PR firms talk about the biggest misconceptions in the industry

It was once regarded as one of the most colourful industries around, yet it would be fair to say that a lot has changed about public relations over the years. Sure, the premise of it is the same, but a lot are now relying on performing a lot of online services which is perfectly understandable considering how the internet has changed things.

For the purpose of today’s post, we have tapped into the knowledge of various PR firms to ask them what the biggest misconceptions that they hear repeatedly about the industry. As you will soon see, some of the results might raise a few eyebrows.

“PR is all about propaganda”

Again, this might be one of those occasions where PR has shifted somewhat. If we were to roll back the clock a few years, spin doctors and propaganda might have been all the rage when it came to public relations.

Nowadays, this isn’t necessarily the case. Sure, it still goes on, but a lot of PR firms are desperately trying to get their clients to become as open as possible. This is something that the general public appreciate in the modern-day, and something that more companies should tap into.

“All press is good press”

This next myth surrounds one of the most overused terms in the industry. In short, supposedly at least, there didn’t used to be a thing called bad press. All publicity was good publicity, as they used to say.

Well, to say that this is a myth is a gross understatement. It’s blatantly inaccurate and as any company who has been through a public scandal will testify, some press can be hugely damaging. Does it get said company’s name out into the public? Sure, but at what cost?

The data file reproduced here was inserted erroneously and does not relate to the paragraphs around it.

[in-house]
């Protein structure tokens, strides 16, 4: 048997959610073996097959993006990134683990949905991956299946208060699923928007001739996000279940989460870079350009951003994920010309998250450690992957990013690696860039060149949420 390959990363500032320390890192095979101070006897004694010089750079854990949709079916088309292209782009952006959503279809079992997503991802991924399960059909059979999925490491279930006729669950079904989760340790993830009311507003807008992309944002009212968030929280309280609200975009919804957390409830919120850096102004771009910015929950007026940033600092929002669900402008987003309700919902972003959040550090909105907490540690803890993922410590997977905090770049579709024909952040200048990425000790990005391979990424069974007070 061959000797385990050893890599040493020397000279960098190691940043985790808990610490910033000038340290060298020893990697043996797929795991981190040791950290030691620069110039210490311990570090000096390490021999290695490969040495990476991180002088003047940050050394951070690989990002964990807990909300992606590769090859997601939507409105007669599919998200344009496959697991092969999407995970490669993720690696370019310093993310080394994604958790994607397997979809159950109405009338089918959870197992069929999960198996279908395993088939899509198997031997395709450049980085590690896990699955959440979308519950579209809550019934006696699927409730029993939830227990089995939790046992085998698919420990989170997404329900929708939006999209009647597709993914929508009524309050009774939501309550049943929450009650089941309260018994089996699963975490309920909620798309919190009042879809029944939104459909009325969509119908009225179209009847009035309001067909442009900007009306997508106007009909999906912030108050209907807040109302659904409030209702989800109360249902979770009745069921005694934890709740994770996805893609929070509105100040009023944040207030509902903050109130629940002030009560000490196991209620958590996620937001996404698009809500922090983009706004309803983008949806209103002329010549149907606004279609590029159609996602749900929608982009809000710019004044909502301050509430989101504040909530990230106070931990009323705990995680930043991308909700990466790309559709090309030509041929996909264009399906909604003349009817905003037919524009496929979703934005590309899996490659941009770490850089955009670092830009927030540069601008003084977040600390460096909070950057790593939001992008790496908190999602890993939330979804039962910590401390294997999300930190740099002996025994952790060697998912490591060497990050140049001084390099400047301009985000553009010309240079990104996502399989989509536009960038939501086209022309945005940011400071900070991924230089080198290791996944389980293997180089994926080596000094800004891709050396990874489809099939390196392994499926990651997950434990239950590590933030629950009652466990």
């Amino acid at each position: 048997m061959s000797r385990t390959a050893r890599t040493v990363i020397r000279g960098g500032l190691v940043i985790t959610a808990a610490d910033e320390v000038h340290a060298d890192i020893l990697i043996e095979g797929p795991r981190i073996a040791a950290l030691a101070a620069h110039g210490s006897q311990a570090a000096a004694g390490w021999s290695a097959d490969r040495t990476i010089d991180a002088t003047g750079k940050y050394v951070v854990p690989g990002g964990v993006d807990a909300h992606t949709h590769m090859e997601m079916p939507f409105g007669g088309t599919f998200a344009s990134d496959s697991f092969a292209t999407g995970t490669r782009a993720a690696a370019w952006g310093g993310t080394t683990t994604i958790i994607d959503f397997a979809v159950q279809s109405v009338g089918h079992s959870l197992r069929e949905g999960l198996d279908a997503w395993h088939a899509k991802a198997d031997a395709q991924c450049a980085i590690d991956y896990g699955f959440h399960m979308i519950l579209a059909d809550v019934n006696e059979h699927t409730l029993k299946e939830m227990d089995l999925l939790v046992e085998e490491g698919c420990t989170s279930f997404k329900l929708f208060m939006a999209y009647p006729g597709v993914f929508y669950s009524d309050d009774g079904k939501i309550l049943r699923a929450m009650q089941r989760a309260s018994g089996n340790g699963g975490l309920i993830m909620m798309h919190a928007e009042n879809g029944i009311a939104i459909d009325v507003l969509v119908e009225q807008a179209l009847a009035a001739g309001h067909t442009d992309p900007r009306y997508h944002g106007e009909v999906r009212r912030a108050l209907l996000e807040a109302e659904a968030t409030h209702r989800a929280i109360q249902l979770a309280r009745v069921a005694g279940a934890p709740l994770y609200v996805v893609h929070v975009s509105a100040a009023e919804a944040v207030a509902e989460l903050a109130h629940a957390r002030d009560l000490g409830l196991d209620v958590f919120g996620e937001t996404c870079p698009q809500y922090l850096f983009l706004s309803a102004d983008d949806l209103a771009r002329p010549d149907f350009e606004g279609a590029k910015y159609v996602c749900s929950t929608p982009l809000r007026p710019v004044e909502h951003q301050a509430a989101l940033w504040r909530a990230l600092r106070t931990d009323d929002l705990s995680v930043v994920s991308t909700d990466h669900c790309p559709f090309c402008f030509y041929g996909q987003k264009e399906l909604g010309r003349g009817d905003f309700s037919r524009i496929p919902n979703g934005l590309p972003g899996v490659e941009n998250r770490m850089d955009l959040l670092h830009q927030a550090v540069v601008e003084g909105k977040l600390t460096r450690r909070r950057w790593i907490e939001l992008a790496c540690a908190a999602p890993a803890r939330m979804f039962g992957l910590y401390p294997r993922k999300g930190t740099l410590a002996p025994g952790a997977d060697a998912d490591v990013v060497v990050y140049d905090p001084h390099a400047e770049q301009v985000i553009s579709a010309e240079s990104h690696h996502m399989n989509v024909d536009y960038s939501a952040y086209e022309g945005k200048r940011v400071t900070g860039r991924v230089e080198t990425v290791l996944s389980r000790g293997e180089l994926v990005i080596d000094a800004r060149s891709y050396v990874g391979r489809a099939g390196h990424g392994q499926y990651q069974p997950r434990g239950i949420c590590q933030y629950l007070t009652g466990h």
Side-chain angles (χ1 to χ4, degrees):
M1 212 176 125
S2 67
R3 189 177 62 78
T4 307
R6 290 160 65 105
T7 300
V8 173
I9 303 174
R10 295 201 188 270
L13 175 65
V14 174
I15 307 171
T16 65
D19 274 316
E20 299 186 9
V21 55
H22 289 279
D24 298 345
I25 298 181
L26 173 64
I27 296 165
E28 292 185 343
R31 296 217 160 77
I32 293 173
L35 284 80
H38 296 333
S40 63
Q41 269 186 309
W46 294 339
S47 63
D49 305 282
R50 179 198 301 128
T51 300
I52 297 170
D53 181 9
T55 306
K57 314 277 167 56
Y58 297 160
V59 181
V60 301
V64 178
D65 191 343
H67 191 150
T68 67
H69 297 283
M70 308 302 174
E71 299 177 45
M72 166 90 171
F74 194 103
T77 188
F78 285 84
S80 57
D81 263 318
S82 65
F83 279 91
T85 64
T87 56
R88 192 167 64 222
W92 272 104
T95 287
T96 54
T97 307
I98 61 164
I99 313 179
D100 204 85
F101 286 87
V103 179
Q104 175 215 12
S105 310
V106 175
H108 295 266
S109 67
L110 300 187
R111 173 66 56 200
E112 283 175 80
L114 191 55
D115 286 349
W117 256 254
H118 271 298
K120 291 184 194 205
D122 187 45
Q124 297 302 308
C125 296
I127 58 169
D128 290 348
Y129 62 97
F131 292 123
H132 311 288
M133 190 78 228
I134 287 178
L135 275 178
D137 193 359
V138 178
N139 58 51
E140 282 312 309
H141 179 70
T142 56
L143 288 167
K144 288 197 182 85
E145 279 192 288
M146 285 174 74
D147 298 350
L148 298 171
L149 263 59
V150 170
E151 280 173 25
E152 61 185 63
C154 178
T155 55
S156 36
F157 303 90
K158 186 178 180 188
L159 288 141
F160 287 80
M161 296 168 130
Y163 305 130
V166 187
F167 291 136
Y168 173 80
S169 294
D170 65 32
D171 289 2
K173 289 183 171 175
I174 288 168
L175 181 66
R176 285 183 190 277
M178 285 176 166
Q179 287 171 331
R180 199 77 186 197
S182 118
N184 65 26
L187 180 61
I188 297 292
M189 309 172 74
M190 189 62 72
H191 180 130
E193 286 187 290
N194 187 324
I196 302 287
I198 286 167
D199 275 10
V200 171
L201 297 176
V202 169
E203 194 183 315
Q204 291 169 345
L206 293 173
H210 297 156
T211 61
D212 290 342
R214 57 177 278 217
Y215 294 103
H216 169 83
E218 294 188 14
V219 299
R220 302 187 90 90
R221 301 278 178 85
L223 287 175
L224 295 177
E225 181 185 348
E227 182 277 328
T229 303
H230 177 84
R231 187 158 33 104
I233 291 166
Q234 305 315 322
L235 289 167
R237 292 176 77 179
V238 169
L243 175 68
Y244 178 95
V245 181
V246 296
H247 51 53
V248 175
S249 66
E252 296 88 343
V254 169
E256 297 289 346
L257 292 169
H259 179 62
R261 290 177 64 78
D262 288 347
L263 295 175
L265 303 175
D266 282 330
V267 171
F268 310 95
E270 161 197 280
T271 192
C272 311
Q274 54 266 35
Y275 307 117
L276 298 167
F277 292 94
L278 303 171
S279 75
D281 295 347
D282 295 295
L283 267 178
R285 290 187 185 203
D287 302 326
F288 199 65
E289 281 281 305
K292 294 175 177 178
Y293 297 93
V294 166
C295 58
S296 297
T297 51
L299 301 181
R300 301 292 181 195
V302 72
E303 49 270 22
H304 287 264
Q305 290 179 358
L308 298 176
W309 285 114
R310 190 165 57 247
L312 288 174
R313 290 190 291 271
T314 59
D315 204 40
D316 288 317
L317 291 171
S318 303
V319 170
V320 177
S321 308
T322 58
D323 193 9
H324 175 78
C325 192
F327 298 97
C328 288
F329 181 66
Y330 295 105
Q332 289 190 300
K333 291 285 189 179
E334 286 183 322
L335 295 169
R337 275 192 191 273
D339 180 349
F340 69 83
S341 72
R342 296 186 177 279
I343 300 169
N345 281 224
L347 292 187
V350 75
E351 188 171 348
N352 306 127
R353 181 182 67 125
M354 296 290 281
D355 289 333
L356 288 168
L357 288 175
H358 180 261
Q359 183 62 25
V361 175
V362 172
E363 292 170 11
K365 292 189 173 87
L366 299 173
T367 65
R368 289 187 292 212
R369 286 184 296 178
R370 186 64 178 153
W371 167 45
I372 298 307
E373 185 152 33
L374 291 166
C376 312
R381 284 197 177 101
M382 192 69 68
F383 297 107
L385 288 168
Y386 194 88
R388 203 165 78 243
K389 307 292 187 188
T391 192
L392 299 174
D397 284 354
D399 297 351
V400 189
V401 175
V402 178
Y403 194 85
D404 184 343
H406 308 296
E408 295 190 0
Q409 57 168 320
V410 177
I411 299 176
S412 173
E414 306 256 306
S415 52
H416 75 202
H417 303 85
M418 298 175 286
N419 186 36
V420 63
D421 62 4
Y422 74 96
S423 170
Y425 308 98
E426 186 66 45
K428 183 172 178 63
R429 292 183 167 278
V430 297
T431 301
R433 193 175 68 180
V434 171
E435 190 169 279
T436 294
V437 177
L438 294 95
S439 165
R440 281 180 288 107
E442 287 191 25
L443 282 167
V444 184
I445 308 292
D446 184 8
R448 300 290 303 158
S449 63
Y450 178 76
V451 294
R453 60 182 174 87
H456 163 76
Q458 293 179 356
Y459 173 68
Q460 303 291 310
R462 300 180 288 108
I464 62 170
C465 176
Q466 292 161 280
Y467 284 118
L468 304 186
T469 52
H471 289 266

Now it’s so easy to delve back through the archives and find stories from years ago, companies are more conscious than ever before about bad press. They know that it’s so easy to find negative stories, that it’s just so much easier to avoid them altogether.

“PR is a completely glamorous industry”

For years, there was something of a stigma surrounding the PR industry. Many thought it was full of glitz, glamour and those incredibly expensive celebrity parties. Whether or not any of that truly existed, at least for the typical professional in the industry, is somewhat questionable. At least in terms of the here and now, this lifestyle is only on offer to a select few people working in the industry.

Instead, PR just comes to plain hard work. A typical day will involve being on the phone to journalists from first thing in the morning, to the last thing in the evening. It’s becoming harder than ever to ask journalists to cover certain pieces, and this means that PR professionals also have to be a lot more creative in the way in which they go about their work. Ultimately, it’s not an easy profession, and one that’s getting tougher by the day.